So I shudder to think of where John Kerry's "botched joke," falls on the harm-to-the-troops scale of unguarded speech ... I suppose we'll be hearing soon of Baghdad blowing up and Osama bin Ladin being named as the new U.N. Secretary General. So it goes.
Especially, as I've said, because he's uttered a truth, one that flies in the dearly-held image of the U.S. military as being exclusively populated by committed, competent, elite units. This of course couldn't be further from the truth: with as massive an armed forces as the U.S. has, it can take all comers -- and what standards of intelligence, psychological stability and physical ability have traditionally been in place have been steadily eroded since the Iraq war began in 2003.
The most pervasive representation of the American soldier used to be the dogface G.I., the grunt who spent as much time peeling potatoes as firing a gun. Somewhere along the line that innocuous private was eclipsed by the uber-soldier, be he a Navy Seal or a Delta Force Commando, and the vast majority of our cinematic wars in the last twenty years have been fought by elite warriors bearing advanced weapons in small squads, taking on massive numbers of an undifferentiated enemy. The troubling truth of enlistment isn't so much that 99% of those signing up won't ever go near a Seal training facility or pilot an F-15, but that enlistment is a last resort for so many recruits escaping grinding poverty with no other prospects for employment besides an Army uniform.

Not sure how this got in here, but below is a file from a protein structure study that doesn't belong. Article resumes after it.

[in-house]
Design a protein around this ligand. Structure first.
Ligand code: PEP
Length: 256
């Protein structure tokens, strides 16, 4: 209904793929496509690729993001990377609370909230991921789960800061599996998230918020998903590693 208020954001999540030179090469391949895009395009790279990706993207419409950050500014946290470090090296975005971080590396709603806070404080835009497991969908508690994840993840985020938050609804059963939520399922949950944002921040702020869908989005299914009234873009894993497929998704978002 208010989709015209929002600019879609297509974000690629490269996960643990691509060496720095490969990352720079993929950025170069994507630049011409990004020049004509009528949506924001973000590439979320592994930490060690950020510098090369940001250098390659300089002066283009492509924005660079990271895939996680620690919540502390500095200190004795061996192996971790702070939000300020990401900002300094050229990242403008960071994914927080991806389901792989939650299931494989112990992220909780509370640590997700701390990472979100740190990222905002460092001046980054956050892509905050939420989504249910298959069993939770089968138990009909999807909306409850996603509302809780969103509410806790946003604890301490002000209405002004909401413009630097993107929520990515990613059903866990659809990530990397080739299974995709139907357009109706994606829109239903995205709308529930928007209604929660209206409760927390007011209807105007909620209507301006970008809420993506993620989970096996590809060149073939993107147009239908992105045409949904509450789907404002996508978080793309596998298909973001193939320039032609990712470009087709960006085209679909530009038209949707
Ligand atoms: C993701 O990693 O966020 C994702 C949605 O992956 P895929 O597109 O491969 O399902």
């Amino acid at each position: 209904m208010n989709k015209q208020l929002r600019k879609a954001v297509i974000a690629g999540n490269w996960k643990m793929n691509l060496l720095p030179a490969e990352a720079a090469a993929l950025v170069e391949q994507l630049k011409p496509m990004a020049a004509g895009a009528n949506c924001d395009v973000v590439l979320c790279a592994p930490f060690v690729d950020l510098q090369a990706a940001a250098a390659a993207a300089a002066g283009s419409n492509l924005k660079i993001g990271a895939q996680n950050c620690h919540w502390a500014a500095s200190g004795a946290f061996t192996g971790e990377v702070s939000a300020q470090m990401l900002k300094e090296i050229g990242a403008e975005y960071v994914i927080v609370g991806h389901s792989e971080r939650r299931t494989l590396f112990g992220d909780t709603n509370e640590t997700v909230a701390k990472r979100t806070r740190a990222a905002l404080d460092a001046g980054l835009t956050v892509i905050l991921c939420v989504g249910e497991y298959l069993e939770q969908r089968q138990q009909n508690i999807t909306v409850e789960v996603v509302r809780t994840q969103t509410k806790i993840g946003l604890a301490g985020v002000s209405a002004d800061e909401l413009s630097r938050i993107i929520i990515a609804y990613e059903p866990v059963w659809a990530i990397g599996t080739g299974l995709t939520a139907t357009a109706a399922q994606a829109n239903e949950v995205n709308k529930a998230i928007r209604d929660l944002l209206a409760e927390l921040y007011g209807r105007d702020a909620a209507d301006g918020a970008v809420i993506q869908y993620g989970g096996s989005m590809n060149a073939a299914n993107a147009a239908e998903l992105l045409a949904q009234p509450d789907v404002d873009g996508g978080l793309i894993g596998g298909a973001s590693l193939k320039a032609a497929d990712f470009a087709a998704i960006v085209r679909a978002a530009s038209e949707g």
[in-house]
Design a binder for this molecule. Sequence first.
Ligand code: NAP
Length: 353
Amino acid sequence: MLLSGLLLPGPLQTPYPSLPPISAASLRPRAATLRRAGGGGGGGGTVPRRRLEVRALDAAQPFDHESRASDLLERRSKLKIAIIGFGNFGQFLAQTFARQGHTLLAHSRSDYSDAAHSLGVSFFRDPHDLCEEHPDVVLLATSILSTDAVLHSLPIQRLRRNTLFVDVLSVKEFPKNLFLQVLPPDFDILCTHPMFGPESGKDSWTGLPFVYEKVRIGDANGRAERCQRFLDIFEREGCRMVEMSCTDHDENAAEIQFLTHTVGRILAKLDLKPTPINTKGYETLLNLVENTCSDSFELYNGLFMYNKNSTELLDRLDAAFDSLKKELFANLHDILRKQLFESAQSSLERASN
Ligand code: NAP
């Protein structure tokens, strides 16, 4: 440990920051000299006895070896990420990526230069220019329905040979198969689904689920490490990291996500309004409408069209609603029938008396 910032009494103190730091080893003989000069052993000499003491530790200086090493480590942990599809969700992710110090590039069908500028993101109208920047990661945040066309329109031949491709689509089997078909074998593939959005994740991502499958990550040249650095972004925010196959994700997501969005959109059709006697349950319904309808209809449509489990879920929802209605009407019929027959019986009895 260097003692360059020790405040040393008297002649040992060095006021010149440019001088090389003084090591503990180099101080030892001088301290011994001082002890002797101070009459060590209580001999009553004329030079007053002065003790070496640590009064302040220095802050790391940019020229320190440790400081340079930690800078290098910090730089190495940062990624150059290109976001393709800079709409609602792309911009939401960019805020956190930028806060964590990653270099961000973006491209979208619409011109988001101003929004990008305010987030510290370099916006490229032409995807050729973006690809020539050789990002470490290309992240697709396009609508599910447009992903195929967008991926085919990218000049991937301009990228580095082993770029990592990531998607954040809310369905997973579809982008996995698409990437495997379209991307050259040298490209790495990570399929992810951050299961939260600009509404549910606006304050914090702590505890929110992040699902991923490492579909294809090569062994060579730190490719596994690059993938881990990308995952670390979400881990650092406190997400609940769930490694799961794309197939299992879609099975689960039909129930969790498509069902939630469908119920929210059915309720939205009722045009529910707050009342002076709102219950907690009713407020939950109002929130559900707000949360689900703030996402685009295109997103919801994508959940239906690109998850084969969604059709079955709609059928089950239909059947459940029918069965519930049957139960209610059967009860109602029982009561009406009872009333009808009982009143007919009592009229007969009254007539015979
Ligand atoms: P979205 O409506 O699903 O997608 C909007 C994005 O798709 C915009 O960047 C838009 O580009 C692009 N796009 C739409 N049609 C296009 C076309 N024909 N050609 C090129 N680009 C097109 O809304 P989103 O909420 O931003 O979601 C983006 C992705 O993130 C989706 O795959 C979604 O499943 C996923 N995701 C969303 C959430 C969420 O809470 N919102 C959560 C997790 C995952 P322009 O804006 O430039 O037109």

And in the need for greater numbers to shore up the current war effort, recruiters, to quote the article I link to above, "are now being authorized to pursue high-school dropouts and (not to mince words) stupid people." Standards for education and intelligence are now at their lowest level since the Vietnam war. Which is kind of terrifying when you consider that that kid you know in high school who flunked Grade Nine three times and had a predeliction for setting his neighbours' pets on fire is being given an M-16 and a belt of grenades.
So Kerry tells an inadvertent truth: without education, without prospects, young Americans could well find themselves fighting a war whose principal architect has himself little regard for the benefits of an education. The blind leading the blank.